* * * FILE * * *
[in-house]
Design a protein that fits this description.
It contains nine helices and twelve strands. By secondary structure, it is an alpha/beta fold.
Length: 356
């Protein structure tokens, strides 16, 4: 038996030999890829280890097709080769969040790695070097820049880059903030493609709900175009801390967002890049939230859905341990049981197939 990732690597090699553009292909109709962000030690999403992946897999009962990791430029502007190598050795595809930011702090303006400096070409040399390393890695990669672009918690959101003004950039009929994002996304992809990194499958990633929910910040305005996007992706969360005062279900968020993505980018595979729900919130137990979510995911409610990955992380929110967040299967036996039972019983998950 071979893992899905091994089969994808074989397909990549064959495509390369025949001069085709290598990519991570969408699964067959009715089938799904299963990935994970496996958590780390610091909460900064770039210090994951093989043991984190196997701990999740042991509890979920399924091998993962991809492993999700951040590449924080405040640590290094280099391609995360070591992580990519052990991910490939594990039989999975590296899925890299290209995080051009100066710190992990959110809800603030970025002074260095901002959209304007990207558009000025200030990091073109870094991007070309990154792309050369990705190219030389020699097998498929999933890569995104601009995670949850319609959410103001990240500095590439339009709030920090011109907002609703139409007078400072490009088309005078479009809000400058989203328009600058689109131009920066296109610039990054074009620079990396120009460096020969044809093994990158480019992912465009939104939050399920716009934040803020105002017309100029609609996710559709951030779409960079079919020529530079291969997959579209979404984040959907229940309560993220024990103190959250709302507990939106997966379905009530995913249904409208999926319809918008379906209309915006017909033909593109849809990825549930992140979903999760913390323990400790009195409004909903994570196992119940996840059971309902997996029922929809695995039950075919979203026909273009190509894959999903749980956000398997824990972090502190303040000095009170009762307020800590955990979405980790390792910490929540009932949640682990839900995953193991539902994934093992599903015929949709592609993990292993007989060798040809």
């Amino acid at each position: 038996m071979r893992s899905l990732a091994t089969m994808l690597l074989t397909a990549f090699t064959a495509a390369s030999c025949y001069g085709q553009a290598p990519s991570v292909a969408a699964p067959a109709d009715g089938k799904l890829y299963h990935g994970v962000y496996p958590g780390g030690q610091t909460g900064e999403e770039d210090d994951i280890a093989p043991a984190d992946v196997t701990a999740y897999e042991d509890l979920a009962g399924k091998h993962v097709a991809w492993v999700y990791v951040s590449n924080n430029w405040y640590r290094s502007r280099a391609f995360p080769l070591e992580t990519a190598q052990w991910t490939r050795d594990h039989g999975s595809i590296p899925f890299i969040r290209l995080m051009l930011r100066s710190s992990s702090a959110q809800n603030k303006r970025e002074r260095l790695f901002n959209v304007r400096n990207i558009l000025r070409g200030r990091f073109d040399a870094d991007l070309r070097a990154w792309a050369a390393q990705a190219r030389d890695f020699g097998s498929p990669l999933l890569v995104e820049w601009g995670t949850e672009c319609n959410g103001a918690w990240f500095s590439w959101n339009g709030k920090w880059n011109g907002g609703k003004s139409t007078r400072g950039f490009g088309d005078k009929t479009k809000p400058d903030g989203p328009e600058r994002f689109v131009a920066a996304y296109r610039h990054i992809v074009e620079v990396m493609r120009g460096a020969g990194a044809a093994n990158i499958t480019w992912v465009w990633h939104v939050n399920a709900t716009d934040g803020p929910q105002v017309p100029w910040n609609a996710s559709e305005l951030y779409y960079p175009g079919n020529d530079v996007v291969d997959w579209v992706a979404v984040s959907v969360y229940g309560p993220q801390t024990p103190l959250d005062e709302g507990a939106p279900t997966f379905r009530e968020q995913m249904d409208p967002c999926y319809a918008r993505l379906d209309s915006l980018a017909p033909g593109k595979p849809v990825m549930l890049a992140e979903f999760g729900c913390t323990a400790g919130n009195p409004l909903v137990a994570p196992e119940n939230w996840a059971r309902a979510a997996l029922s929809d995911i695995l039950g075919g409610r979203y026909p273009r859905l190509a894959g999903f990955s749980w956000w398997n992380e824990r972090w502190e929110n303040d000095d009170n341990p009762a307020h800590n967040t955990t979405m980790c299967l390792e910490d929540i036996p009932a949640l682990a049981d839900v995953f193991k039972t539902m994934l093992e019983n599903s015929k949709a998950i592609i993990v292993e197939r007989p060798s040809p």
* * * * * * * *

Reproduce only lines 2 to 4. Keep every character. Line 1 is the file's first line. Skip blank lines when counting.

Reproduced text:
Design a protein that fits this description.
It contains nine helices and twelve strands. By secondary structure, it is an alpha/beta fold.
Length: 356